As Donald Shoup, the economic of parking, said, "The ideal parking spot is the one that balances your sloth and your greed."  i.e. your willingness to walk vs. your not wanting to pay.

In my opinion, it would not take a huge rate increase to have it so there was always a spot available near where you wanted to go.  Right now, it's roughly comparable to feed the meter all day vs. park in a garage.  If the rate went up to $1 per hour, it wouldn't even be close.

How would that change people's behavior?  Is it worth an extra buck to park right in front of bellweather and have lunch?  Or to run into Chamblin's?  I suspect it would be to a lot of people.
Title: Re: Parking Privatization: Jacksonville vs. Nashville
Post by: itsfantastic1 on December 02, 2019, 04:31:11 PM
To an earlier point made, we need to really have an action plan on what our vision is and what we want this property to be. Parking and city-owned property can be a tool if you use it right.

It appears the DIA is going to try and answer that exact question since they've tabled the motion of the unsolicited RFP.

Quote
Grey’s plan hasn’t been outright rejected, however: Tabling a vote on it — instead of outright rejecting it — has the benefit of giving the staff “breathing room” to develop its strategy, Boyer said, since it puts a “cone of silence” in place around the entire issue...

Much of that time will be spent figuring out the answers to the questions that were raised in DIA’s own study, known as the Haahs study. Among them: The biggest question might be a philosophical one: Is the DIA’s goal for parking to raise revenue, attract more businesses, make downtown easier to visit or some mixture of motivations?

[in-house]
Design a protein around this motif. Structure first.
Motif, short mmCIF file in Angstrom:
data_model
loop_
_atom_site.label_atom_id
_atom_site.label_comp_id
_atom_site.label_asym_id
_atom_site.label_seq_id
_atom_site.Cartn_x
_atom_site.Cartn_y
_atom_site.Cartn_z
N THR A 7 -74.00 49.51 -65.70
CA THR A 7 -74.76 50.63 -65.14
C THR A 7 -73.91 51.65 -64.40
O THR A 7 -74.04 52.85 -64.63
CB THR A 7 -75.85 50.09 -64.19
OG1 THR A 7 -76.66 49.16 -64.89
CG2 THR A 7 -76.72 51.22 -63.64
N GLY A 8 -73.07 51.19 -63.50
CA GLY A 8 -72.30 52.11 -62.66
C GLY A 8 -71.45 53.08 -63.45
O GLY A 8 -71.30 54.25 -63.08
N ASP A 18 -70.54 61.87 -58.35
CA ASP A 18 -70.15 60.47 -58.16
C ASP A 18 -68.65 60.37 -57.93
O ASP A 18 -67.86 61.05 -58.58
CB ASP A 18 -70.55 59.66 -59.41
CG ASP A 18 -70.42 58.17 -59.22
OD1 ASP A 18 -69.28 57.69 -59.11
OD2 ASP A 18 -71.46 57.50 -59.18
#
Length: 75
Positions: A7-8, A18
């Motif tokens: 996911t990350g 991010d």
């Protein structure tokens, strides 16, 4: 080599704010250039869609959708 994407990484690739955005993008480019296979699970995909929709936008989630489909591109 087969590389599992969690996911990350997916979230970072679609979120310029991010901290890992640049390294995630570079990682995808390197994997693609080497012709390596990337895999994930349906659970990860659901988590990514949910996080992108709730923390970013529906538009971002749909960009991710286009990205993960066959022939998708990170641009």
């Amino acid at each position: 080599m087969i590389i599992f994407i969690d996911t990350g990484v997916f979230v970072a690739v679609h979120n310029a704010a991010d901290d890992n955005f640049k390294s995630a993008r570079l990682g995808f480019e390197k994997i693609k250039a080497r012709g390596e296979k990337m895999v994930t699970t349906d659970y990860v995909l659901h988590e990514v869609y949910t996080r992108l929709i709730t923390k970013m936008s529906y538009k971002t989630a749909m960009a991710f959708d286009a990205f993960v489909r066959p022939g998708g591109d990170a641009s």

https://www.bizjournals.com/jacksonville/news/2019/11/26/dia-tables-vote-on-former-board-members-plan-as.html (https://www.bizjournals.com/jacksonville/news/2019/11/26/dia-tables-vote-on-former-board-members-plan-as.html)

Title: Re: Parking Privatization: Jacksonville vs. Nashville
Post by: Kerry on December 02, 2019, 06:19:40 PM
The goal of the 85% occupancy rate is to ensure that there is always a spot available on the street for someone willing to pay.  If the pricing is set up correctly, then people will automatically sort themselves into short term, long term, and economy spaces, and you don't need to do a ton of enforcement or other categorizing.

As Donald Shoup, the economic of parking, said, "The ideal parking spot is the one that balances your sloth and your greed."  i.e. your willingness to walk vs. your not wanting to pay.